An article at ScienceDaily illustrates the shaky science undergirding the global warming scare. The article draws attention to key “tipping elements” that suggest the planet is teetering on the brink of catastrophe. That, of course, is the message the reader is supposed to take away.
But read the article carefully, and it’s obvious that the science behind this alarming headline is suspiciously thin. Words like “could,” “may,” “potentially,” and “suggest” occur over and over again, leaving room for a lot of variation in climate outcomes — not exactly what the lead paragraph implies.
Furthermore, several statements in the article clearly assume worst case scenarios that are by no means certain, or declare outright that actual outcomes are unknown. Some examples (emphasis added):
- The exact tipping point for disintegration of the ice sheet is unknown . . .
- A worst case scenario shows the ice sheet could collapse within 300 years, possibly raising sea level by as much as five meters.
- But a global mean warming of three to five degrees Celsius could cause a collapse of the West African monsoon. This could lead either to drying of the Sahel or to wetting due to increased inflow from the West. [Wet or dry, take your pick. Either way, global warming is to blame!]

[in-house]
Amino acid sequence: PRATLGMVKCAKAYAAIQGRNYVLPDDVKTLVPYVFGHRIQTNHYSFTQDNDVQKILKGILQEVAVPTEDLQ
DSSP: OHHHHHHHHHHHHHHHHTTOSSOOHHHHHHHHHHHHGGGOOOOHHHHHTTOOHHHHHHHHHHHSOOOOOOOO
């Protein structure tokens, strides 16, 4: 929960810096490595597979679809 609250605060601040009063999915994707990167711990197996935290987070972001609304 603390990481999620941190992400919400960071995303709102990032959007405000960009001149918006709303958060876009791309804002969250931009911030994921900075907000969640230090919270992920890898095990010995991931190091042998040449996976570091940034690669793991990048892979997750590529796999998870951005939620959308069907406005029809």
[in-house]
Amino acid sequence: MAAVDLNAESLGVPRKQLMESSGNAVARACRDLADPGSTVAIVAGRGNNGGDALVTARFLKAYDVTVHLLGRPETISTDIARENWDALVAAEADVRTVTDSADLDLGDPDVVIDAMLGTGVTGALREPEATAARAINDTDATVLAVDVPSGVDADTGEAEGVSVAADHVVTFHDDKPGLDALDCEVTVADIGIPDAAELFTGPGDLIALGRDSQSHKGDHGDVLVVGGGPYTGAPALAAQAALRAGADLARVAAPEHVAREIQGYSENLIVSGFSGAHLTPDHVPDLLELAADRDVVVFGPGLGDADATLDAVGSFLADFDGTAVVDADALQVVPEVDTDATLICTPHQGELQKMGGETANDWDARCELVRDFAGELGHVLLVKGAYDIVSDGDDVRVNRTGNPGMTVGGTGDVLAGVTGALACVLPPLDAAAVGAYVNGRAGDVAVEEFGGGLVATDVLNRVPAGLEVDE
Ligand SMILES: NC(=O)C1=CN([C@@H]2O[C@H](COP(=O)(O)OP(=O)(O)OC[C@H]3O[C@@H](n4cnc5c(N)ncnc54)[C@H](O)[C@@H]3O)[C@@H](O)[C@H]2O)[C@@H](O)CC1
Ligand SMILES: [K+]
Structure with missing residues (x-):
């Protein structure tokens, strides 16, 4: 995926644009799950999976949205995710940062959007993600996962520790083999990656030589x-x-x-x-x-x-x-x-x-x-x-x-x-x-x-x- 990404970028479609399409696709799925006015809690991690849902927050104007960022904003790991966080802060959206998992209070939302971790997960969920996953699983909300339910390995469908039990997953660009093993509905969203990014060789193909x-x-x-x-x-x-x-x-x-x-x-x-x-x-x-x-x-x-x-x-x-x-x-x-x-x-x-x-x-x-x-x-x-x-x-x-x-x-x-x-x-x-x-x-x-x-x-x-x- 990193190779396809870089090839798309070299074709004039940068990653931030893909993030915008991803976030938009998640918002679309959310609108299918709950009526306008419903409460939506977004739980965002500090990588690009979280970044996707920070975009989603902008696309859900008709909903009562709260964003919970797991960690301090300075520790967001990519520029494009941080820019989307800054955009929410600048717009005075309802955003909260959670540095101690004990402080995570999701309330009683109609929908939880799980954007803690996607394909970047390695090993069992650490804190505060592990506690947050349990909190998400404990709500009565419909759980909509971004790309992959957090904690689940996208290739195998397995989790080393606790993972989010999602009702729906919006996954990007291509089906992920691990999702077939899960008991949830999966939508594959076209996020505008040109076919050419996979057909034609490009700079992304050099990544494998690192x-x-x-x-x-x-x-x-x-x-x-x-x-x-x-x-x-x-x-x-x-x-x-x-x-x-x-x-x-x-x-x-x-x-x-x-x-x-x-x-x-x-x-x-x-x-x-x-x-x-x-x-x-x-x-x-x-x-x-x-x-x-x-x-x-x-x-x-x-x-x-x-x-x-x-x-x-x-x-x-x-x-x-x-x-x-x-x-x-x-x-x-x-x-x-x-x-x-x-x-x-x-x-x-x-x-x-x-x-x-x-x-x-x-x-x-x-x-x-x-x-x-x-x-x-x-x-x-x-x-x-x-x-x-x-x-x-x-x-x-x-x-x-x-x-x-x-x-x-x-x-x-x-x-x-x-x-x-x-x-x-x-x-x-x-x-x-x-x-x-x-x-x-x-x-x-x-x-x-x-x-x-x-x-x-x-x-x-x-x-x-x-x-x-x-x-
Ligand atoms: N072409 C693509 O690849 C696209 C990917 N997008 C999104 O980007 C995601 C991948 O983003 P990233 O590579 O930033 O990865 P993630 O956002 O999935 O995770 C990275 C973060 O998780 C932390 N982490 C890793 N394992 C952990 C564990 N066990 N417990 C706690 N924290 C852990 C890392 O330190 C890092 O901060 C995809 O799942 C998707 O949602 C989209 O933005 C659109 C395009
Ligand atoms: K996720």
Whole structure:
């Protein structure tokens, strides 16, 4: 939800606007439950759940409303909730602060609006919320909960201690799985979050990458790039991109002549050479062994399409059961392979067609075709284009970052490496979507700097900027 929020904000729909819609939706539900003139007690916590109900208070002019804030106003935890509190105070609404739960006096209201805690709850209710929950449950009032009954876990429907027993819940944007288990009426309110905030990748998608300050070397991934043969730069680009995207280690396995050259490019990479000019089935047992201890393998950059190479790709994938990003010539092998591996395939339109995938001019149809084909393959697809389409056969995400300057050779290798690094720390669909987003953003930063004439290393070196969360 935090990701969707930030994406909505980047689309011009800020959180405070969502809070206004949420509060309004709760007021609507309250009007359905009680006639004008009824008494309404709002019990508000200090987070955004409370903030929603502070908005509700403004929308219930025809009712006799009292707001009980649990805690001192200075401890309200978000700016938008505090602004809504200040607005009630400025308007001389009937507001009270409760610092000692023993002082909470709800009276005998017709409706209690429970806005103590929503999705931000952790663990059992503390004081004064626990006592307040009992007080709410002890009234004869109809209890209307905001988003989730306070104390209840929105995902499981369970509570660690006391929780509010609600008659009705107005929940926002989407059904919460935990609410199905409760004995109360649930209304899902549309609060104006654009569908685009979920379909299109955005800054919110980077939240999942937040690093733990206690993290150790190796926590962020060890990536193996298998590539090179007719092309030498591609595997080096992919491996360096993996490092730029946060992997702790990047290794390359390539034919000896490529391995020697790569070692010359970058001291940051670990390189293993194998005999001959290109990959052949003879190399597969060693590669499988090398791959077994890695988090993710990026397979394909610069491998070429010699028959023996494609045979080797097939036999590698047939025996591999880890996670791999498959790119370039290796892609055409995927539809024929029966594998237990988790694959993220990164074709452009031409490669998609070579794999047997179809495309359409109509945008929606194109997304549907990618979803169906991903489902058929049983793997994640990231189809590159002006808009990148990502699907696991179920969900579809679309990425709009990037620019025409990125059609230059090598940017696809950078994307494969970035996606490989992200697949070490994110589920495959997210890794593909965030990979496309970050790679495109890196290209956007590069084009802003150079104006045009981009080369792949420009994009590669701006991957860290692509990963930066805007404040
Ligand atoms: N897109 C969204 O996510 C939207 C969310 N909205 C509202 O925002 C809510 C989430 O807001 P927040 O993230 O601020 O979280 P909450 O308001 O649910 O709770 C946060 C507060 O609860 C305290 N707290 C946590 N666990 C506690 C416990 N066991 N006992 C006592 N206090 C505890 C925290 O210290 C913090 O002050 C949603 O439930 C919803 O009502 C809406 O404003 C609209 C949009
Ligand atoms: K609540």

- The Indian summer monsoon could become erratic and in the worst case start to chaotically change between an active and a weak phase within a few years.
- A global mean warming of three to five degrees Celsius could push the element past the tipping point so that deep water formation stops.
In addition to all the hedging language, did you notice that a couple of these scenarios assume a global mean warming of three to five degrees Celsius? Allow me to set the assumptions like this, and I can build an equally strong case for no global warming, or even global cooling.
I have no problem with scientists exploring future climate trends, or even raising concerns about possible dangers in those trends. What I resent is journalists and politicians taking those concerns and manufacturing apocalyptic horror stories designed to panic the public into accepting draconian policy changes.
UPDATE: In contrast to all the hedging in this story about a very iffy future, take a look at what is actually happening around the world this winter, and see if you can still make a case for global warming.